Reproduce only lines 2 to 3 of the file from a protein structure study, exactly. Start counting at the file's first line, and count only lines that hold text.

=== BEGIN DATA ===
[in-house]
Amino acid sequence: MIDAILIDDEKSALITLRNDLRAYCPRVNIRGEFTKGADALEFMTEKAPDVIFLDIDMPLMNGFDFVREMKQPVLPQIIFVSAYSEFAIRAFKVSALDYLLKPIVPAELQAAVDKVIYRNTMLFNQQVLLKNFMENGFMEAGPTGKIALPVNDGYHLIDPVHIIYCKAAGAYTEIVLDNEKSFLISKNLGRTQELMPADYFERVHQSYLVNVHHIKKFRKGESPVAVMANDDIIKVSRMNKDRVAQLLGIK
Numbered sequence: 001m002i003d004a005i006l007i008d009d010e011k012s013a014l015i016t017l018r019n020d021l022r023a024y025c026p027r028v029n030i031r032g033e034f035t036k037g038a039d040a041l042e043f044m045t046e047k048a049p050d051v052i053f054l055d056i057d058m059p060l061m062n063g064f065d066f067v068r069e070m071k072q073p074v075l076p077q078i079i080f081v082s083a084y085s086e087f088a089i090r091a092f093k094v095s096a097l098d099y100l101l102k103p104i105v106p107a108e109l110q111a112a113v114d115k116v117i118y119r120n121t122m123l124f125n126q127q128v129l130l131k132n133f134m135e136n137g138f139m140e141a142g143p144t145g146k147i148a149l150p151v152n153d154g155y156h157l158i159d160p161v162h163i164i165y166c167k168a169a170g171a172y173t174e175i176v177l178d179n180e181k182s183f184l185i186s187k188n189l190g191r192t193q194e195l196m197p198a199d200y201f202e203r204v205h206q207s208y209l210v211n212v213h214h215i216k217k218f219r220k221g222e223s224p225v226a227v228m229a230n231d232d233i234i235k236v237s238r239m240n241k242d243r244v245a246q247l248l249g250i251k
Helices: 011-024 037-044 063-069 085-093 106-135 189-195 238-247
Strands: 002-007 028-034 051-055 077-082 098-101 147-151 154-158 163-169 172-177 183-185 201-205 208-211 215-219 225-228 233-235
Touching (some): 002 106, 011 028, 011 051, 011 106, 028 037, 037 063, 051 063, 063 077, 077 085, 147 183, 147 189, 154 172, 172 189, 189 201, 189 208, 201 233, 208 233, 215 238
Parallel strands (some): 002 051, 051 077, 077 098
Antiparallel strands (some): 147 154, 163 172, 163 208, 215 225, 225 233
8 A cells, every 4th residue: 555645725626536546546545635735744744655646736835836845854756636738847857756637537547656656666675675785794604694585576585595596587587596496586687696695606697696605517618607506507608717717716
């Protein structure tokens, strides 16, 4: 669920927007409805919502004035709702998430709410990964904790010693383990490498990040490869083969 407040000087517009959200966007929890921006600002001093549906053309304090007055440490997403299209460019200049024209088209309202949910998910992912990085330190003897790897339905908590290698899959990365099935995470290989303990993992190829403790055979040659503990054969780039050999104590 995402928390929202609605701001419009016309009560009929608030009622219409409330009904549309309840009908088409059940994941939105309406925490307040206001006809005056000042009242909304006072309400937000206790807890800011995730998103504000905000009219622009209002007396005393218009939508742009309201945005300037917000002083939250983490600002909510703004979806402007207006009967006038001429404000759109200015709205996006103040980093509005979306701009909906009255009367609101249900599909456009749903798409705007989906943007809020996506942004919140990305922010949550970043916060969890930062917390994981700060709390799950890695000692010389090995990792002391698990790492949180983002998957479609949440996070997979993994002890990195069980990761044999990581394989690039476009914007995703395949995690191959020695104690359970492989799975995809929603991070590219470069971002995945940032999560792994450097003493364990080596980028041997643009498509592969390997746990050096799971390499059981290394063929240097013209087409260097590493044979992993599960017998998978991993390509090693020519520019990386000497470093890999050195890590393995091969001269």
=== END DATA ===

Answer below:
Amino acid sequence: MIDAILIDDEKSALITLRNDLRAYCPRVNIRGEFTKGADALEFMTEKAPDVIFLDIDMPLMNGFDFVREMKQPVLPQIIFVSAYSEFAIRAFKVSALDYLLKPIVPAELQAAVDKVIYRNTMLFNQQVLLKNFMENGFMEAGPTGKIALPVNDGYHLIDPVHIIYCKAAGAYTEIVLDNEKSFLISKNLGRTQELMPADYFERVHQSYLVNVHHIKKFRKGESPVAVMANDDIIKVSRMNKDRVAQLLGIK
Numbered sequence: 001m002i003d004a005i006l007i008d009d010e011k012s013a014l015i016t017l018r019n020d021l022r023a024y025c026p027r028v029n030i031r032g033e034f035t036k037g038a039d040a041l042e043f044m045t046e047k048a049p050d051v052i053f054l055d056i057d058m059p060l061m062n063g064f065d066f067v068r069e070m071k072q073p074v075l076p077q078i079i080f081v082s083a084y085s086e087f088a089i090r091a092f093k094v095s096a097l098d099y100l101l102k103p104i105v106p107a108e109l110q111a112a113v114d115k116v117i118y119r120n121t122m123l124f125n126q127q128v129l130l131k132n133f134m135e136n137g138f139m140e141a142g143p144t145g146k147i148a149l150p151v152n153d154g155y156h157l158i159d160p161v162h163i164i165y166c167k168a169a170g171a172y173t174e175i176v177l178d179n180e181k182s183f184l185i186s187k188n189l190g191r192t193q194e195l196m197p198a199d200y201f202e203r204v205h206q207s208y209l210v211n212v213h214h215i216k217k218f219r220k221g222e223s224p225v226a227v228m229a230n231d232d233i234i235k236v237s238r239m240n241k242d243r244v245a246q247l248l249g250i251k